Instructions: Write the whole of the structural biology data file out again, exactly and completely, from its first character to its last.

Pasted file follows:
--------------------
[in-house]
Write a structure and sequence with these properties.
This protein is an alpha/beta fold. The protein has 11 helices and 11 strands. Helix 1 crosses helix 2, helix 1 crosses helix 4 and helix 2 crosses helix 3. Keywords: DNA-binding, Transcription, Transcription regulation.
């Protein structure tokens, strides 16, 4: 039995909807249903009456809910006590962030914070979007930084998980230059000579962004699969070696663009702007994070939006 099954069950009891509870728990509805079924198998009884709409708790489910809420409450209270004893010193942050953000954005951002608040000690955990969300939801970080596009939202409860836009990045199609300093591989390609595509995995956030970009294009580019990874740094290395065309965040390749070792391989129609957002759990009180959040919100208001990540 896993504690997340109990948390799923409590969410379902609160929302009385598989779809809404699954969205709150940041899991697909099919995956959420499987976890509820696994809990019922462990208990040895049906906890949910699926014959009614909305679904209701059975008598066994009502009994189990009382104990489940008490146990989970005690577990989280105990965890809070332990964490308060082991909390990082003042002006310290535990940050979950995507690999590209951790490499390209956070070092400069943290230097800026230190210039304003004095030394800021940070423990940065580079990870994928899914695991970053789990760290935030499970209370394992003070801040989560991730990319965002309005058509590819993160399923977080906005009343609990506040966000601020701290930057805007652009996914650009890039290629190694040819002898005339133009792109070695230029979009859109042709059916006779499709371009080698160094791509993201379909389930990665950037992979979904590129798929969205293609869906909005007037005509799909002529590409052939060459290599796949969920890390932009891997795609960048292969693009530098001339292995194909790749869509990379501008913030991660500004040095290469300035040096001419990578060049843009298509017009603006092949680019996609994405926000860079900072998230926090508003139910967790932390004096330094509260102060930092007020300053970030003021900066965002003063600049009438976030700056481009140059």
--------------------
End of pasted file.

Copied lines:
[in-house]
Write a structure and sequence with these properties.
This protein is an alpha/beta fold. The protein has 11 helices and 11 strands. Helix 1 crosses helix 2, helix 1 crosses helix 4 and helix 2 crosses helix 3. Keywords: DNA-binding, Transcription, Transcription regulation.
């Protein structure tokens, strides 16, 4: 039995909807249903009456809910006590962030914070979007930084998980230059000579962004699969070696663009702007994070939006 099954069950009891509870728990509805079924198998009884709409708790489910809420409450209270004893010193942050953000954005951002608040000690955990969300939801970080596009939202409860836009990045199609300093591989390609595509995995956030970009294009580019990874740094290395065309965040390749070792391989129609957002759990009180959040919100208001990540 896993504690997340109990948390799923409590969410379902609160929302009385598989779809809404699954969205709150940041899991697909099919995956959420499987976890509820696994809990019922462990208990040895049906906890949910699926014959009614909305679904209701059975008598066994009502009994189990009382104990489940008490146990989970005690577990989280105990965890809070332990964490308060082991909390990082003042002006310290535990940050979950995507690999590209951790490499390209956070070092400069943290230097800026230190210039304003004095030394800021940070423990940065580079990870994928899914695991970053789990760290935030499970209370394992003070801040989560991730990319965002309005058509590819993160399923977080906005009343609990506040966000601020701290930057805007652009996914650009890039290629190694040819002898005339133009792109070695230029979009859109042709059916006779499709371009080698160094791509993201379909389930990665950037992979979904590129798929969205293609869906909005007037005509799909002529590409052939060459290599796949969920890390932009891997795609960048292969693009530098001339292995194909790749869509990379501008913030991660500004040095290469300035040096001419990578060049843009298509017009603006092949680019996609994405926000860079900072998230926090508003139910967790932390004096330094509260102060930092007020300053970030003021900066965002003063600049009438976030700056481009140059």